Translation: The state’s students didn’t improve much, if at all.

“I’m pleased we retained our gains, but we have much more work to do,” he said. “We need to work diligently to narrow achievement gaps and make sure all students continue to make progress.” He reminded the public that these set of tests are far different from previous statewide testing. They are much more rigorous and realistic than the previous paper and pencil tests.”

Many students took the rigorous tests in May. The Smarter Balanced tests consist of two parts: a computer adaptive assessment and a performance task. The computer assessment, say state officials, gives a more accurate picture of progress than paper-and-pencil and multiple-choice tests. The performance task challenges students’ abilities to apply their knowledge and skills to problems in a real-world setting.

Scores on the test fall into one of four achievement levels: standard exceeded, standard met, standard nearly met, and standard not met. Parents can also get individual student test scores.

“In ELA (English Language Arts) Lemoore High was pretty much on par with the state,” said Lemoore Union High School Associate Superintendent Victor Rosa. “And Lemoore Middle College High School outperformed the state averages significantly,” he added.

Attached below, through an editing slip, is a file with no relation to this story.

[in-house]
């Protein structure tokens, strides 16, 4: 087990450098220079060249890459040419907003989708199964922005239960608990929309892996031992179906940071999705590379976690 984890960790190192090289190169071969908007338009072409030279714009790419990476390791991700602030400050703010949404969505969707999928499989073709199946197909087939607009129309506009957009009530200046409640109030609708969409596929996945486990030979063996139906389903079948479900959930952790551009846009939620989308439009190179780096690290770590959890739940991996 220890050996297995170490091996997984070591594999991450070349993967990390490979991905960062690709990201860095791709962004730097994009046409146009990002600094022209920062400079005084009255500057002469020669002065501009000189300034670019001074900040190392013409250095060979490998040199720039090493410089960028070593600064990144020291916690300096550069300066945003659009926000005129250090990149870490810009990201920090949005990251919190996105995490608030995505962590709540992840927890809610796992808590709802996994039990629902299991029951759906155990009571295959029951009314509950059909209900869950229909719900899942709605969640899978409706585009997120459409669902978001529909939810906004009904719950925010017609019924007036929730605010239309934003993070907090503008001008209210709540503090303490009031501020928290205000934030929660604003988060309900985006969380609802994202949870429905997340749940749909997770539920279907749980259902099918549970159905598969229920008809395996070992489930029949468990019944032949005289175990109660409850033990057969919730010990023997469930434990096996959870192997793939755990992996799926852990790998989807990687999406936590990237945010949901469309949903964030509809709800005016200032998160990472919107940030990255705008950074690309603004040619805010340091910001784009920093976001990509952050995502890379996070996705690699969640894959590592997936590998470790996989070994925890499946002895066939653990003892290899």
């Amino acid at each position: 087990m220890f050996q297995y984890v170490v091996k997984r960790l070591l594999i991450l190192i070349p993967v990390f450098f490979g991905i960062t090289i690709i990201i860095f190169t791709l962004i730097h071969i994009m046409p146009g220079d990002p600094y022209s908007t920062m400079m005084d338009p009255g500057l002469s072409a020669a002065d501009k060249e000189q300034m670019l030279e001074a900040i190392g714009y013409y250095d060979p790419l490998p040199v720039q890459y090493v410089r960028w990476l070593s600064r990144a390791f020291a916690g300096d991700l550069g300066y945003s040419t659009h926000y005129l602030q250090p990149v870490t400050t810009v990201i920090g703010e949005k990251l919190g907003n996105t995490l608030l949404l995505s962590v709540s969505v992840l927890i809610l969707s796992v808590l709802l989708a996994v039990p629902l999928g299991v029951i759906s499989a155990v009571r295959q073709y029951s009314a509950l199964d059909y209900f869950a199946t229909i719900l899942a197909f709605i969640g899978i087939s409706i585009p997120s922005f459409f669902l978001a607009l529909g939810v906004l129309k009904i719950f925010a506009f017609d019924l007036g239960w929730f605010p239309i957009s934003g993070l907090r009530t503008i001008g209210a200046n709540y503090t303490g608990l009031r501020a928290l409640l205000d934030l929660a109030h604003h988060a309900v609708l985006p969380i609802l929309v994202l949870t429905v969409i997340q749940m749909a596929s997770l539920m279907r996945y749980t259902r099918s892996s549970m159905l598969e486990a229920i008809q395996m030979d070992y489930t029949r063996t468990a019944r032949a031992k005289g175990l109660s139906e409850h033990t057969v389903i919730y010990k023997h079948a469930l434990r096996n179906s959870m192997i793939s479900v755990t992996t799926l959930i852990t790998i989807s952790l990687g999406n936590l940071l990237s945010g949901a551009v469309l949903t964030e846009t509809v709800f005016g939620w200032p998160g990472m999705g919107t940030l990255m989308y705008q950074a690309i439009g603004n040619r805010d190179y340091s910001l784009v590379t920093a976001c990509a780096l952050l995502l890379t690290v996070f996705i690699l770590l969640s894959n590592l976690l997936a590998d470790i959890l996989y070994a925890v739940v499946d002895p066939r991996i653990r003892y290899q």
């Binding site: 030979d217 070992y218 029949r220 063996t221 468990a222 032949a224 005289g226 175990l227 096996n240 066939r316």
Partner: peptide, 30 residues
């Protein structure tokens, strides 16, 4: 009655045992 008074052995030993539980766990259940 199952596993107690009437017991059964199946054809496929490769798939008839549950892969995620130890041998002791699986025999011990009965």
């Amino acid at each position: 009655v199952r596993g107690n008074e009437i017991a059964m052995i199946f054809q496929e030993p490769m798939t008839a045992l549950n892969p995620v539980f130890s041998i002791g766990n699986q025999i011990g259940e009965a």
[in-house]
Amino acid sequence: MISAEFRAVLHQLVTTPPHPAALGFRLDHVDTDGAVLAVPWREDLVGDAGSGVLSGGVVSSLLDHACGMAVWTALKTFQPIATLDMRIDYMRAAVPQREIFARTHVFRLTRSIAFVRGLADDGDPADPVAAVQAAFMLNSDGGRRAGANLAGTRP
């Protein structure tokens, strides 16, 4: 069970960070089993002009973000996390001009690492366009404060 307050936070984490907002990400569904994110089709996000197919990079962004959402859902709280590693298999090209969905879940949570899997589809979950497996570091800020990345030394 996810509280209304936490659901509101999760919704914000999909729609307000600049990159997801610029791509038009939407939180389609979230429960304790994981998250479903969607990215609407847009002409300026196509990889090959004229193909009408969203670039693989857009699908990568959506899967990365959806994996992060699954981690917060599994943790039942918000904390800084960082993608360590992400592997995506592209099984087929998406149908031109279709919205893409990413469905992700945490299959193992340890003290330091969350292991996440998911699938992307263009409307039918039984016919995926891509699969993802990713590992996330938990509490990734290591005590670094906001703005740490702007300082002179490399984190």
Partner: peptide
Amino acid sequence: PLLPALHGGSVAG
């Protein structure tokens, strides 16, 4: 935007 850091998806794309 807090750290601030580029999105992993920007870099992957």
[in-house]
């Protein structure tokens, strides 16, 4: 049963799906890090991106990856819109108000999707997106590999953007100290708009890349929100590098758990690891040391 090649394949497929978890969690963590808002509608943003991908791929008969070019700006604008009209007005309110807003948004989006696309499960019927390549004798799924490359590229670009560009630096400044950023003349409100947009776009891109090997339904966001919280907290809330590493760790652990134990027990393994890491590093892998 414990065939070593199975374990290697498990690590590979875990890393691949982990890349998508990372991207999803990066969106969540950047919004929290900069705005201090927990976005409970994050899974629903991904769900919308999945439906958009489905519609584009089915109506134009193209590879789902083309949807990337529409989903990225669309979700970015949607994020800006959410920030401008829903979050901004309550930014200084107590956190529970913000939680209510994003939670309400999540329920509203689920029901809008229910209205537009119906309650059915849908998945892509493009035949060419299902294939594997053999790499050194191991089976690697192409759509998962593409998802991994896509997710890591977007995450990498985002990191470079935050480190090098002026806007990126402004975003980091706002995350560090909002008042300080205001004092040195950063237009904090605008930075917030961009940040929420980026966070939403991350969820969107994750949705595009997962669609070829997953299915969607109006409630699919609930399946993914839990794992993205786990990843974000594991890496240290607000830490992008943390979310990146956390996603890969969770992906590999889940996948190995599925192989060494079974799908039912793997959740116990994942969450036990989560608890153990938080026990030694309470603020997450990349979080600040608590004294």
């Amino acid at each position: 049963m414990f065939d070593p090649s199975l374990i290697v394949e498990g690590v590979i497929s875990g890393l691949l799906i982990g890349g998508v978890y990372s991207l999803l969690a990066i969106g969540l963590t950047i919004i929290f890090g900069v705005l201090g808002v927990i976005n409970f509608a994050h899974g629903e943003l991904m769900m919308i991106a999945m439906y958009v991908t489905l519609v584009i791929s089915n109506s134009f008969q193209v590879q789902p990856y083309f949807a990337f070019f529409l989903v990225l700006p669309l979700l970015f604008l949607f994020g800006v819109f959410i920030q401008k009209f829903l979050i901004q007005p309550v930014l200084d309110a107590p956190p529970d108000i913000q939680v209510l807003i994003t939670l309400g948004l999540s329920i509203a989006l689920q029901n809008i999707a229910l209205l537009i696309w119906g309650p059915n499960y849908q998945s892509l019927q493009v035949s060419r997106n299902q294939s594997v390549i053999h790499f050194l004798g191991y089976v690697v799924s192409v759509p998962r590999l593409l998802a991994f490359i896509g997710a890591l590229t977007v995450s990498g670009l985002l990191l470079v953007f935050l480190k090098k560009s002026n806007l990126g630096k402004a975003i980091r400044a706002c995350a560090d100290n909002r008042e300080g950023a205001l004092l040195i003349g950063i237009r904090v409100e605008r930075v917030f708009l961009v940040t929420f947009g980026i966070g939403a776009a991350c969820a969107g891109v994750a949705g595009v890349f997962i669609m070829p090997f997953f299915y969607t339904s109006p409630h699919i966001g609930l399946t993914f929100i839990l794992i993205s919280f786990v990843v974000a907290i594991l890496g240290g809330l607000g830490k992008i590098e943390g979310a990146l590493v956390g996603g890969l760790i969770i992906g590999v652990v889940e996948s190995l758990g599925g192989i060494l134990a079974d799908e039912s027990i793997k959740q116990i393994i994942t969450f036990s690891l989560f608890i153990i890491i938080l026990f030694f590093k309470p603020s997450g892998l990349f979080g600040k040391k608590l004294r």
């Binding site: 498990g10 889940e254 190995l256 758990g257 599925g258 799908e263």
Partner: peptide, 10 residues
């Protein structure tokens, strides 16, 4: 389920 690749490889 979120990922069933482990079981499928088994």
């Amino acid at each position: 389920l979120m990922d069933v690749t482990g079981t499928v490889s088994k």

Rosa admits that the district has work to do to improve math scores, a consistent source of irritation for school officials over the years. “Math is another matter … Lemoore Union High School District and most of the central valley for that matter, has traditionally not fared well in math. This last year’s scores were particularly low for the Lemoore Union High School District,” he said.

Despite additional funding and an emphasis on mathematics the past few years, Lemoore’s scores have not improved much.

“We have taken action to invest in new curriculum and training … for all math teachers at all three sites,” reported Rosa. The Lemoore district consists of three schools: Lemoore High, Alternative Education, and Lemoore Middle College High School.

“This was a major financial investment into our students and staff that we are very proud to have made,” said Rosa. “This new curriculum is being implemented this year, and we are confident the new textbook and materials will help with our scores and overall student performance in mathematics significantly.” Also, Lemoore Union High School District has implemented a new testing software that allows teachers to develop exams that mirror the format of the CAASPP.

Rosa said it's hoped that students will be more familiar and confident when using the online testing format that the state now requires. “We believe these two measures will have a great impact on our district’s overall performance on standardized tests.”

 In Kings County, Hanford High School did better than Lemoore High in math and English. Nearly 66 percent of Hanford 11th graders met or exceeded the English standards while in math, Hanford students performed poorly with 43 percent of its students failing to meet minimum standards, compared to Lemoore’s 54.98 percent.